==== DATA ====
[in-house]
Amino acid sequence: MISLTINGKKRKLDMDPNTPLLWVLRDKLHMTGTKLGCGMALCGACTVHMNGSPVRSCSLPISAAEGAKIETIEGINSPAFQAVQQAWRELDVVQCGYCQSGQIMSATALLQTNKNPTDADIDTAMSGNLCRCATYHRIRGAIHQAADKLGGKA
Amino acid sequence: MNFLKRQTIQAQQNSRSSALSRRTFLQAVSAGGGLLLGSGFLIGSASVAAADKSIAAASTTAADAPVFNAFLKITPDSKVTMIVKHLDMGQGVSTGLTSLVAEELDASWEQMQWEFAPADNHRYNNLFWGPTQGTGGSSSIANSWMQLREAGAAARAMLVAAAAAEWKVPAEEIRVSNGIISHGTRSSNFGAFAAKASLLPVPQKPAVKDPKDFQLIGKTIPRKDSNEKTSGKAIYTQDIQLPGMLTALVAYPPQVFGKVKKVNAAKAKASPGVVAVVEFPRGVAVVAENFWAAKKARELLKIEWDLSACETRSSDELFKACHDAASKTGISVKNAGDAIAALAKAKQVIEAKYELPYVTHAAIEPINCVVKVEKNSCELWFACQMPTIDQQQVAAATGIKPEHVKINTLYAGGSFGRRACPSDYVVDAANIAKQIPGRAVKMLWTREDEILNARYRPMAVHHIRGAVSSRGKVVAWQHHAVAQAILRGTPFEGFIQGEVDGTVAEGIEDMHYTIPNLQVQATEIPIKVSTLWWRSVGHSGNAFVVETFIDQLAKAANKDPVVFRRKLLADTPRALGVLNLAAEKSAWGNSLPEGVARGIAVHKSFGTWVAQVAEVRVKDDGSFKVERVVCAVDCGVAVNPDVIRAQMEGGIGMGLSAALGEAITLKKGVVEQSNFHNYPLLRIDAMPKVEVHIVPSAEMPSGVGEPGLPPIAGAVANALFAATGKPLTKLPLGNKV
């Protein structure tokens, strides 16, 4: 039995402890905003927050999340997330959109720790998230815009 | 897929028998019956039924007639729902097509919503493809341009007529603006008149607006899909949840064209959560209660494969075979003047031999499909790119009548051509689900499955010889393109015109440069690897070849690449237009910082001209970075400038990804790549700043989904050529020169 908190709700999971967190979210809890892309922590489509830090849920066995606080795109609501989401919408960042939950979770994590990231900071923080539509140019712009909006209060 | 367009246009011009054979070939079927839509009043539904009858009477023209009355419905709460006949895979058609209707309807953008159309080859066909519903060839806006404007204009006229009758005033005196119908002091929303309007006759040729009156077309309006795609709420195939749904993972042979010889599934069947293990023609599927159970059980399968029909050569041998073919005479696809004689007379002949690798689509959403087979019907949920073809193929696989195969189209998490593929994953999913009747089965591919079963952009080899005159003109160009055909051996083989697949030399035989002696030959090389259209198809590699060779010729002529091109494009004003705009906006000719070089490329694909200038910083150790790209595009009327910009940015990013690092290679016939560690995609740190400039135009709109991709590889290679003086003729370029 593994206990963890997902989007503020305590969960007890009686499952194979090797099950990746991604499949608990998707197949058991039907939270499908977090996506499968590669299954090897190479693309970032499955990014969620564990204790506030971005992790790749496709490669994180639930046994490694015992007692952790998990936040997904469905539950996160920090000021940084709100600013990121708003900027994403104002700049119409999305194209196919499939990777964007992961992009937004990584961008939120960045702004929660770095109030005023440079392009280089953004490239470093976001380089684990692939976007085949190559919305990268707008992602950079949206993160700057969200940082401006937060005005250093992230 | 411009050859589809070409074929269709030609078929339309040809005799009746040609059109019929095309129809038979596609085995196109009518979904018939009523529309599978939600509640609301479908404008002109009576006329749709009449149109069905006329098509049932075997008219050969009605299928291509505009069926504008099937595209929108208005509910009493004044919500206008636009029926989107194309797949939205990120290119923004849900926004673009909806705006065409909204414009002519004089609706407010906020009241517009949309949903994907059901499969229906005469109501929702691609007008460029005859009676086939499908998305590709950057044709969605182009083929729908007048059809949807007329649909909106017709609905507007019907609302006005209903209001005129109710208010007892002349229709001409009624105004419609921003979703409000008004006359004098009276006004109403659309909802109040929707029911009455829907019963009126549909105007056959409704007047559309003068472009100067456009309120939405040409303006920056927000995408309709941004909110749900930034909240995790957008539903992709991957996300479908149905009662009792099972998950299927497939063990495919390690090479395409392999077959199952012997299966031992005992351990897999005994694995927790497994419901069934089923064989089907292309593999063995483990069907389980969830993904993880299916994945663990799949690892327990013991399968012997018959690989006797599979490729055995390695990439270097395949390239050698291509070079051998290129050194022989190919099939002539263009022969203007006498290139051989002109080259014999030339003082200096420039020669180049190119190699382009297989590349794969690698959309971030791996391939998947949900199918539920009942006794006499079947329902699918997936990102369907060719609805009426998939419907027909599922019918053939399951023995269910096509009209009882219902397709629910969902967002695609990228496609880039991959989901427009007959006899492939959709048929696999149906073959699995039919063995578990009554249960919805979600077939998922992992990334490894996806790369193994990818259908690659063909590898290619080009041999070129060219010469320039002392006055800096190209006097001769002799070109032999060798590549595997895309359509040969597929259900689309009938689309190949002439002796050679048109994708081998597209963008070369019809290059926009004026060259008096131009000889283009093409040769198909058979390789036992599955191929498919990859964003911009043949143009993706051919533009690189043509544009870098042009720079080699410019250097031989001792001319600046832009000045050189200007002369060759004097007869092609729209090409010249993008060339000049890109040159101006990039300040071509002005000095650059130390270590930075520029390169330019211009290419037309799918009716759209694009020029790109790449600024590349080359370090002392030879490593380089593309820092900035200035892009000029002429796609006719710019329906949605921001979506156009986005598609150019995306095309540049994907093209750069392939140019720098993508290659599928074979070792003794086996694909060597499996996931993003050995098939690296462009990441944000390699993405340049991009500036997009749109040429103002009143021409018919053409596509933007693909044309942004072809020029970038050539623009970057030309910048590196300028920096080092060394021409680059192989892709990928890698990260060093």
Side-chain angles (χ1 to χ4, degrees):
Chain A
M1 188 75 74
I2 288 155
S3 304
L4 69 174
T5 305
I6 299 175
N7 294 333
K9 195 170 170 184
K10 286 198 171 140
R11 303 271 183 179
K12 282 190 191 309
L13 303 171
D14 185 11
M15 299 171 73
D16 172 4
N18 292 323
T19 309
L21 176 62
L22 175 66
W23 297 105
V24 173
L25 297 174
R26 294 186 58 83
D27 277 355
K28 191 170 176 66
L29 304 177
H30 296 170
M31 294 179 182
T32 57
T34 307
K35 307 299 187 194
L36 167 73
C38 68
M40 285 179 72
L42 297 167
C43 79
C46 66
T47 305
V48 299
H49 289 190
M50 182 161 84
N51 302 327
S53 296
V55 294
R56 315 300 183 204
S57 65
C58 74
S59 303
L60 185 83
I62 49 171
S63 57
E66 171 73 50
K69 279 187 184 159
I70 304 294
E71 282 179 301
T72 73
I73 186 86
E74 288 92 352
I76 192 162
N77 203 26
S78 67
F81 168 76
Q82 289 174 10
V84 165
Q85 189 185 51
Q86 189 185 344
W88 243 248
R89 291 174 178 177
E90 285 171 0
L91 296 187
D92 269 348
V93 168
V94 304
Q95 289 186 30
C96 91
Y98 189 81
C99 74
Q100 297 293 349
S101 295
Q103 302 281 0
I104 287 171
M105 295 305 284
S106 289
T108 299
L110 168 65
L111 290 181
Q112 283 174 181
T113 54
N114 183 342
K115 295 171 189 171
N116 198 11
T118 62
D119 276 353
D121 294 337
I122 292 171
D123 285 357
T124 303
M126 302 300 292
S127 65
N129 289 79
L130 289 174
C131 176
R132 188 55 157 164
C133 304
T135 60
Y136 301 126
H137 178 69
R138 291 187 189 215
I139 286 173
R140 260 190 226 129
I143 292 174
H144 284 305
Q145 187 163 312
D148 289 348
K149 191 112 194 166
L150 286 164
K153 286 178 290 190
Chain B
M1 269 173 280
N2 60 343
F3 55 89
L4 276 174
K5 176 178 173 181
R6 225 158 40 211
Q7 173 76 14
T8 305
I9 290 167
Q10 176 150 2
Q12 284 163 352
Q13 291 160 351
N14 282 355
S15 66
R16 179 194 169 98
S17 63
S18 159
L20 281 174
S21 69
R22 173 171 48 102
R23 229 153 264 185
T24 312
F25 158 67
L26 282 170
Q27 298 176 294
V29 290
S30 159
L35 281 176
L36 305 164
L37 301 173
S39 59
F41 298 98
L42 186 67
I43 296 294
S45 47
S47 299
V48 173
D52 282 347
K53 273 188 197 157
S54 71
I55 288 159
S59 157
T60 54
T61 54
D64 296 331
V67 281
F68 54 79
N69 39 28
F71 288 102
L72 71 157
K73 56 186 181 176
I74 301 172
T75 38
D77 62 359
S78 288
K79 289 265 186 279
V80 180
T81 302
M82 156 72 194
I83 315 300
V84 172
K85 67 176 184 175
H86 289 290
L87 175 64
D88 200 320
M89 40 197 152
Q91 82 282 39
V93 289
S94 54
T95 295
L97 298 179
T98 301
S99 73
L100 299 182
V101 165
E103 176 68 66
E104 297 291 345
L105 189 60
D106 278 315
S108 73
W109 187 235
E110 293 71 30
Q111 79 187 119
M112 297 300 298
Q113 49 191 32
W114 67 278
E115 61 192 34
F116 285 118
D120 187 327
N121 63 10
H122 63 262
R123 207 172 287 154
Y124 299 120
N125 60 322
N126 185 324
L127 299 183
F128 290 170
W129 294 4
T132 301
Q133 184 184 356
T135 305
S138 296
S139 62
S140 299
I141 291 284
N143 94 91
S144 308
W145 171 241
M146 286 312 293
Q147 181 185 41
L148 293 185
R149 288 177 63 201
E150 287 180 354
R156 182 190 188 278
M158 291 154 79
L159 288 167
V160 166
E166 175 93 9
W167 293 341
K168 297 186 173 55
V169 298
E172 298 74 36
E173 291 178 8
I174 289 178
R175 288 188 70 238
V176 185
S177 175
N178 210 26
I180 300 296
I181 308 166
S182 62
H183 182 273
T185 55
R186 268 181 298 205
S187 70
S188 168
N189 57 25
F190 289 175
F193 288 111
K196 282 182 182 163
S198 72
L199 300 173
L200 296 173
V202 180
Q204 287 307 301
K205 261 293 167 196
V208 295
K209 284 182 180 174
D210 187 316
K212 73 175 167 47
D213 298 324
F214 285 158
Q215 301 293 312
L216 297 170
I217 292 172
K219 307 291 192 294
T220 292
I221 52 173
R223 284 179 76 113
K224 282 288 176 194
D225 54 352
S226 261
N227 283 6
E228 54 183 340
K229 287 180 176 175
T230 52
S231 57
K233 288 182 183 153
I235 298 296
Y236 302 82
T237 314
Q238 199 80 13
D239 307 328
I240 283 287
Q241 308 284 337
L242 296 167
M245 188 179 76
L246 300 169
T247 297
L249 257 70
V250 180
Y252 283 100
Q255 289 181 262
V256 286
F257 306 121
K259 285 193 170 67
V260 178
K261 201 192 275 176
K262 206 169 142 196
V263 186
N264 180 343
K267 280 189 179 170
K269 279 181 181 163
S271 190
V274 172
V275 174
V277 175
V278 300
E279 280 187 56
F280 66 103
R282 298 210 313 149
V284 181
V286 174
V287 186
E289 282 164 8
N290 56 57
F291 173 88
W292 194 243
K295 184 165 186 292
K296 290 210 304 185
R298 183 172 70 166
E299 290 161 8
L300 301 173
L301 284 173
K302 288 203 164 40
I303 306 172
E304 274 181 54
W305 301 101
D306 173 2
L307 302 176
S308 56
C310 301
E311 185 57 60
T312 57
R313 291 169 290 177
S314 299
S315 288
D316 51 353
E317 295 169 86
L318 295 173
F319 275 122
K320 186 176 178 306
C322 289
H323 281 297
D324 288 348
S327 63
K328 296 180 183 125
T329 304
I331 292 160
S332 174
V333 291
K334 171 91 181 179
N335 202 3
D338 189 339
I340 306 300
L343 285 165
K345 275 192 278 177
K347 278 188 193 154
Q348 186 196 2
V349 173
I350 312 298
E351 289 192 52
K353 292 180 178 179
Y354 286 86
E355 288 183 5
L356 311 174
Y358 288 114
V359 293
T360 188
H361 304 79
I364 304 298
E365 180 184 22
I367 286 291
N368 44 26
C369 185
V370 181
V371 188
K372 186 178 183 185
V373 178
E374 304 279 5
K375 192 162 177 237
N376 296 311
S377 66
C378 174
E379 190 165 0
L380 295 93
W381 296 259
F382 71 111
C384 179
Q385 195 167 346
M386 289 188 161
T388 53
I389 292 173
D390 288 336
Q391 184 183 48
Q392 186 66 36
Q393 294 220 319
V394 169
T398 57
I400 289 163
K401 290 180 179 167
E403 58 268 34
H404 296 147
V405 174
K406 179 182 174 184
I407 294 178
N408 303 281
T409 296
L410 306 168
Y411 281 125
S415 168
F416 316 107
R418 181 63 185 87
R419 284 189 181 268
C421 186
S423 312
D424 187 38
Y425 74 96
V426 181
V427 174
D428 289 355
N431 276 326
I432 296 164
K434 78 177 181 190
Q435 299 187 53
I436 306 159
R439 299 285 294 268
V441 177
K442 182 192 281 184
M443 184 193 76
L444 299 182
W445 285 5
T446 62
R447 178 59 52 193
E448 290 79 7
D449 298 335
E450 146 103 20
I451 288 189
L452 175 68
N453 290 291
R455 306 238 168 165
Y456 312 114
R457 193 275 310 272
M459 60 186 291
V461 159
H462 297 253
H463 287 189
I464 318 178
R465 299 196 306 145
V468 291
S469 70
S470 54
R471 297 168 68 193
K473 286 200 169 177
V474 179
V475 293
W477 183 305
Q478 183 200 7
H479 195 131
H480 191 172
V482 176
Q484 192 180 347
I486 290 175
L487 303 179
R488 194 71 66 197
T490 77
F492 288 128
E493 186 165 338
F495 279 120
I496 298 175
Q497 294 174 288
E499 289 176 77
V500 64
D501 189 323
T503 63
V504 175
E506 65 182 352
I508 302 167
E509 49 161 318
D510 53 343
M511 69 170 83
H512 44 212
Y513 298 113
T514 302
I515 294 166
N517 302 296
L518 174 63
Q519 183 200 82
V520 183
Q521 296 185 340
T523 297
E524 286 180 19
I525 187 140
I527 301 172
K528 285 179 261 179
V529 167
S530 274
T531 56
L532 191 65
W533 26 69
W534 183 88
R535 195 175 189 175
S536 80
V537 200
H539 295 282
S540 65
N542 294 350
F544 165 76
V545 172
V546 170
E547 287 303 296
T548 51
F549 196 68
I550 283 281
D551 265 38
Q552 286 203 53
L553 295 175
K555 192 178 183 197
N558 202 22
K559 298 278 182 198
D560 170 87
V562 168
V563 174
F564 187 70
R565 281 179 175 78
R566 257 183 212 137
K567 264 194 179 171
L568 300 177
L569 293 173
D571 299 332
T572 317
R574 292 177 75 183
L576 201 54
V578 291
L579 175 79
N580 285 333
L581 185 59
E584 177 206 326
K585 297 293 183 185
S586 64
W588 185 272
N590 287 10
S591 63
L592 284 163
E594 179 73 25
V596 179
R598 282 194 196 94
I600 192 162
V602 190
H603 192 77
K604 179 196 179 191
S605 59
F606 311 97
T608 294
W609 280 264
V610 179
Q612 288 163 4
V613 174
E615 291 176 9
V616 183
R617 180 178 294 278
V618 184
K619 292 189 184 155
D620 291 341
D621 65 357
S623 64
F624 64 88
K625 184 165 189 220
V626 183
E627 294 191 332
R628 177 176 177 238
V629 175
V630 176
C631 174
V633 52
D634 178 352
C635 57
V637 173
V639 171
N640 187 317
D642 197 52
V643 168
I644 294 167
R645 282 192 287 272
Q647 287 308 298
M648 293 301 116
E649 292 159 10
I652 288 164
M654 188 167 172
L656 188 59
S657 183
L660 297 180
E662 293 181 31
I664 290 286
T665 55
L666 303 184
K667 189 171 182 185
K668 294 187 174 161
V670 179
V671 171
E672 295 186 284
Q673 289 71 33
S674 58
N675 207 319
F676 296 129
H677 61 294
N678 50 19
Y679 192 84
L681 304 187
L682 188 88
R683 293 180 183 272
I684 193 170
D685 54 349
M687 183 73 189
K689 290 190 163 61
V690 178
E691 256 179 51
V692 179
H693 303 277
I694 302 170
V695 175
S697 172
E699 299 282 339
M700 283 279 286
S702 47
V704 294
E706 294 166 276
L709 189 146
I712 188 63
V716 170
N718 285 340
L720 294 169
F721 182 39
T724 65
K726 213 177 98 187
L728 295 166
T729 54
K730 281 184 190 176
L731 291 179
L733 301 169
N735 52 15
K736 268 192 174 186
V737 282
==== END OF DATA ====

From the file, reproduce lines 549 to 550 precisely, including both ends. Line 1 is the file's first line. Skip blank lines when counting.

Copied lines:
L579 175 79
N580 285 333